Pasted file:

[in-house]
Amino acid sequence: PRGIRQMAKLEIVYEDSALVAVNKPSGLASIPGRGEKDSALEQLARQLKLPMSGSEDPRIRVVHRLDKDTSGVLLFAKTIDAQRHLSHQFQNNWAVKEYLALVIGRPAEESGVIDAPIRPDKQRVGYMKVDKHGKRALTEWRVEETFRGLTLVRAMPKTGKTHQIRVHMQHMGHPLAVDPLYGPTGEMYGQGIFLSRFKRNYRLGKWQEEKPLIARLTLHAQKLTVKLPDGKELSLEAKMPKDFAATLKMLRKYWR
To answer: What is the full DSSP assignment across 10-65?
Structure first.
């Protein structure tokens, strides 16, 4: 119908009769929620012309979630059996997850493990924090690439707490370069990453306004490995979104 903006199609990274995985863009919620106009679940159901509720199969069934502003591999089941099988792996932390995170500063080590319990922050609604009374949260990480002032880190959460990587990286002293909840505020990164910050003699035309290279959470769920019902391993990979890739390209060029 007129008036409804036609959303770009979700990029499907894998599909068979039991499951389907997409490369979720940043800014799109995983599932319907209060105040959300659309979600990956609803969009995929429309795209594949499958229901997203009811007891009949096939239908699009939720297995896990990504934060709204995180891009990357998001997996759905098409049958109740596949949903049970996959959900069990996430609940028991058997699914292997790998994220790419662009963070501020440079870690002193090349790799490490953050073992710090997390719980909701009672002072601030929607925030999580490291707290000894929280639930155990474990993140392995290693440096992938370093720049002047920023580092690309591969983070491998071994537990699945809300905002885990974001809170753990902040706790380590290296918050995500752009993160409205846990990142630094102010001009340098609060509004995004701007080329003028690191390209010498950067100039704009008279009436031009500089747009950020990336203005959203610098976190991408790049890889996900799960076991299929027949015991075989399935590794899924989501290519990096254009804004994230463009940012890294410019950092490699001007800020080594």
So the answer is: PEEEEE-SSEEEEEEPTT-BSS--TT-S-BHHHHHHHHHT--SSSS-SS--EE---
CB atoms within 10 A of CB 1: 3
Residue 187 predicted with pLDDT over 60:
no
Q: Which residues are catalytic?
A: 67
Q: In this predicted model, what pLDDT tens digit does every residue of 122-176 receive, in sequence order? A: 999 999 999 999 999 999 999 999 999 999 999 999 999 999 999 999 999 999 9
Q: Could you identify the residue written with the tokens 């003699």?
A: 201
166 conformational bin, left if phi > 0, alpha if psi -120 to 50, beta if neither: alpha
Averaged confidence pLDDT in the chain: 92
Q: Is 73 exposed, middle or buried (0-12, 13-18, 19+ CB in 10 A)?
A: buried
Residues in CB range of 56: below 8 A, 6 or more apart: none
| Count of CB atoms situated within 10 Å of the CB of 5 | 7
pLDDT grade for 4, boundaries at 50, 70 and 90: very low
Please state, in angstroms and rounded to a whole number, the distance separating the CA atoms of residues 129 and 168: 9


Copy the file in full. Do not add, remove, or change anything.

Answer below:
[in-house]
Amino acid sequence: PRGIRQMAKLEIVYEDSALVAVNKPSGLASIPGRGEKDSALEQLARQLKLPMSGSEDPRIRVVHRLDKDTSGVLLFAKTIDAQRHLSHQFQNNWAVKEYLALVIGRPAEESGVIDAPIRPDKQRVGYMKVDKHGKRALTEWRVEETFRGLTLVRAMPKTGKTHQIRVHMQHMGHPLAVDPLYGPTGEMYGQGIFLSRFKRNYRLGKWQEEKPLIARLTLHAQKLTVKLPDGKELSLEAKMPKDFAATLKMLRKYWR
To answer: What is the full DSSP assignment across 10-65?
Structure first.
């Protein structure tokens, strides 16, 4: 119908009769929620012309979630059996997850493990924090690439707490370069990453306004490995979104 903006199609990274995985863009919620106009679940159901509720199969069934502003591999089941099988792996932390995170500063080590319990922050609604009374949260990480002032880190959460990587990286002293909840505020990164910050003699035309290279959470769920019902391993990979890739390209060029 007129008036409804036609959303770009979700990029499907894998599909068979039991499951389907997409490369979720940043800014799109995983599932319907209060105040959300659309979600990956609803969009995929429309795209594949499958229901997203009811007891009949096939239908699009939720297995896990990504934060709204995180891009990357998001997996759905098409049958109740596949949903049970996959959900069990996430609940028991058997699914292997790998994220790419662009963070501020440079870690002193090349790799490490953050073992710090997390719980909701009672002072601030929607925030999580490291707290000894929280639930155990474990993140392995290693440096992938370093720049002047920023580092690309591969983070491998071994537990699945809300905002885990974001809170753990902040706790380590290296918050995500752009993160409205846990990142630094102010001009340098609060509004995004701007080329003028690191390209010498950067100039704009008279009436031009500089747009950020990336203005959203610098976190991408790049890889996900799960076991299929027949015991075989399935590794899924989501290519990096254009804004994230463009940012890294410019950092490699001007800020080594």
So the answer is: PEEEEE-SSEEEEEEPTT-BSS--TT-S-BHHHHHHHHHT--SSSS-SS--EE---
CB atoms within 10 A of CB 1: 3
Residue 187 predicted with pLDDT over 60:
no
Q: Which residues are catalytic?
A: 67
Q: In this predicted model, what pLDDT tens digit does every residue of 122-176 receive, in sequence order? A: 999 999 999 999 999 999 999 999 999 999 999 999 999 999 999 999 999 999 9
Q: Could you identify the residue written with the tokens 């003699």?
A: 201
166 conformational bin, left if phi > 0, alpha if psi -120 to 50, beta if neither: alpha
Averaged confidence pLDDT in the chain: 92
Q: Is 73 exposed, middle or buried (0-12, 13-18, 19+ CB in 10 A)?
A: buried
Residues in CB range of 56: below 8 A, 6 or more apart: none
| Count of CB atoms situated within 10 Å of the CB of 5 | 7
pLDDT grade for 4, boundaries at 50, 70 and 90: very low
Please state, in angstroms and rounded to a whole number, the distance separating the CA atoms of residues 129 and 168: 9